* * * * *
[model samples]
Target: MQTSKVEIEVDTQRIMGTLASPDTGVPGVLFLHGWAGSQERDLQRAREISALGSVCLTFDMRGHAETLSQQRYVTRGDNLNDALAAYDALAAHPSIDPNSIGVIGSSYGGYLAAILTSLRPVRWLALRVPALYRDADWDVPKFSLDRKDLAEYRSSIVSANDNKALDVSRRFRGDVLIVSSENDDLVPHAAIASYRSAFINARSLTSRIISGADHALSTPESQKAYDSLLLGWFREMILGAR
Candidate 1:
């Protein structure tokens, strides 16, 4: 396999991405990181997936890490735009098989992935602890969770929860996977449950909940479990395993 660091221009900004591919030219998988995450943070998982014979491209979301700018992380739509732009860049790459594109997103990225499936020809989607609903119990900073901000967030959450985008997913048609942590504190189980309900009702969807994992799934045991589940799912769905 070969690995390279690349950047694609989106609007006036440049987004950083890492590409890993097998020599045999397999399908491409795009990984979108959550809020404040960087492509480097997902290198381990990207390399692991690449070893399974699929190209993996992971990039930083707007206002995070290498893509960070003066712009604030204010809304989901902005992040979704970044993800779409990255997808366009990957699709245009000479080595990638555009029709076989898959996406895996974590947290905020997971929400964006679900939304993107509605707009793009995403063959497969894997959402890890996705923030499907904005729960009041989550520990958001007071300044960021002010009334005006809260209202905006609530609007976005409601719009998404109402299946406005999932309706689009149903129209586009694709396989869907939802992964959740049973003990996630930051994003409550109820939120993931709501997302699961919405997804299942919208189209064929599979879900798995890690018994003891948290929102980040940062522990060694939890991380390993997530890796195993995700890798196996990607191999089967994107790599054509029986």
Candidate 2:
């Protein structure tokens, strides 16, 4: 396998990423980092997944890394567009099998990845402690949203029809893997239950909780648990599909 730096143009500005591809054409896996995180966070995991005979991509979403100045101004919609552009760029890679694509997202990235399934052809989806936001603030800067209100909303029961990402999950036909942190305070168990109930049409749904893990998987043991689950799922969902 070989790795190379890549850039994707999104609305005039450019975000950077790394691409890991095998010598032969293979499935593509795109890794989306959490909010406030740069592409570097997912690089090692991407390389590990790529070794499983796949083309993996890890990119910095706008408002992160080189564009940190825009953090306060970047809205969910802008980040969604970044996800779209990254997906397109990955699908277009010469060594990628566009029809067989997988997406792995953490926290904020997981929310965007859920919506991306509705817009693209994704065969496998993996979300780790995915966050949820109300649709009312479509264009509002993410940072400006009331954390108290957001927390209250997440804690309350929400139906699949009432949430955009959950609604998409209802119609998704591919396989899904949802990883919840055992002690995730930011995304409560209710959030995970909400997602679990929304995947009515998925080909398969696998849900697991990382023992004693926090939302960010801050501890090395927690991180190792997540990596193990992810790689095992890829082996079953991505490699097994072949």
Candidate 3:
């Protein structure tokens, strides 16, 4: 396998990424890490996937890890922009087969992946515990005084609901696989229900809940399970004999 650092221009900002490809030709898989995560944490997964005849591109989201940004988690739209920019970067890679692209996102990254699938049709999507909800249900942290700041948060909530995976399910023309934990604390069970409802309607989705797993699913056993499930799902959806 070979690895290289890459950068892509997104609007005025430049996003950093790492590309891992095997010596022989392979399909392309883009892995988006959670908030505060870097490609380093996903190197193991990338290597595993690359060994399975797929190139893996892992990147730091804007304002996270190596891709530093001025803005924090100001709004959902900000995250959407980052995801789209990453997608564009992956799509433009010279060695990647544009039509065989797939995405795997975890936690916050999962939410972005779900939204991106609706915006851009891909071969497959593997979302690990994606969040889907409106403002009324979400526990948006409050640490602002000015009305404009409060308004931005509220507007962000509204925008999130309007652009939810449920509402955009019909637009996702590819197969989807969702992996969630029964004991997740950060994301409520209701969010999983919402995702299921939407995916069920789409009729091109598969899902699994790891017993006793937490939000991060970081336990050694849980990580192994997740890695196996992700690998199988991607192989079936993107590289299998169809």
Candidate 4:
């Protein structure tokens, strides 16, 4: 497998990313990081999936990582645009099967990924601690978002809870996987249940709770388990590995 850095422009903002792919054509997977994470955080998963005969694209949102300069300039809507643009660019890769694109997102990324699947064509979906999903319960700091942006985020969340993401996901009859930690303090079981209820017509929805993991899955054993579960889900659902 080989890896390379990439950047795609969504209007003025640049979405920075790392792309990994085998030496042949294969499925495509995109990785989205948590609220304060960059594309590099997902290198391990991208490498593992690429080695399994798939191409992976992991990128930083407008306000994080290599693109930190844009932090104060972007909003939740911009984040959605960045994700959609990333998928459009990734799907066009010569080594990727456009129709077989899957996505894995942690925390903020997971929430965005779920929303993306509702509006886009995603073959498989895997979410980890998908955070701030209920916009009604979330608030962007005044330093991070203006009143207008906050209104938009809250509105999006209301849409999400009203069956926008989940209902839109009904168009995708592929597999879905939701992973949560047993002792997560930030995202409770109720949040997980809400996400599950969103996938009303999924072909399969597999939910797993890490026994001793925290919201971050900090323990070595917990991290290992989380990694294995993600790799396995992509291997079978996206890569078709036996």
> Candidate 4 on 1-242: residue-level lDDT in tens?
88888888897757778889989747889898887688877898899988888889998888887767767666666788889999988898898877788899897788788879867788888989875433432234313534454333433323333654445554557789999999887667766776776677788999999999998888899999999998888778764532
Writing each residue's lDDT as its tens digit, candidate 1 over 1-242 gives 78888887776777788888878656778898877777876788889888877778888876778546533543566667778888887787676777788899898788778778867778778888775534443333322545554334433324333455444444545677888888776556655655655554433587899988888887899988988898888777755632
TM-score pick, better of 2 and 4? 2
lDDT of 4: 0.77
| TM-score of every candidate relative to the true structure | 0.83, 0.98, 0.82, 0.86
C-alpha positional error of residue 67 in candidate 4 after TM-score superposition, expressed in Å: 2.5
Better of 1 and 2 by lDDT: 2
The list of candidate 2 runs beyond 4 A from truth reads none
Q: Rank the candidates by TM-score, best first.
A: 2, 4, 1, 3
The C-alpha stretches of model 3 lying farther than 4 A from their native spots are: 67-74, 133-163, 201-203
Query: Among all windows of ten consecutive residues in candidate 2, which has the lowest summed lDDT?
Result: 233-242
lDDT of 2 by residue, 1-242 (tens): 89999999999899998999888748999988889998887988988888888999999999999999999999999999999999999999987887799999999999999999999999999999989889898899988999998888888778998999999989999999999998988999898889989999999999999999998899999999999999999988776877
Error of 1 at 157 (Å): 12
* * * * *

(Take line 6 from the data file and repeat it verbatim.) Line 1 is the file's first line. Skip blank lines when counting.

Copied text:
């Protein structure tokens, strides 16, 4: 396998990423980092997944890394567009099998990845402690949203029809893997239950909780648990599909 730096143009500005591809054409896996995180966070995991005979991509979403100045101004919609552009760029890679694509997202990235399934052809989806936001603030800067209100909303029961990402999950036909942190305070168990109930049409749904893990998987043991689950799922969902 070989790795190379890549850039994707999104609305005039450019975000950077790394691409890991095998010598032969293979499935593509795109890794989306959490909010406030740069592409570097997912690089090692991407390389590990790529070794499983796949083309993996890890990119910095706008408002992160080189564009940190825009953090306060970047809205969910802008980040969604970044996800779209990254997906397109990955699908277009010469060594990628566009029809067989997988997406792995953490926290904020997981929310965007859920919506991306509705817009693209994704065969496998993996979300780790995915966050949820109300649709009312479509264009509002993410940072400006009331954390108290957001927390209250997440804690309350929400139906699949009432949430955009959950609604998409209802119609998704591919396989899904949802990883919840055992002690995730930011995304409560209710959030995970909400997602679990929304995947009515998925080909398969696998849900697991990382023992004693926090939302960010801050501890090395927690991180190792997540990596193990992810790689095992890829082996079953991505490699097994072949």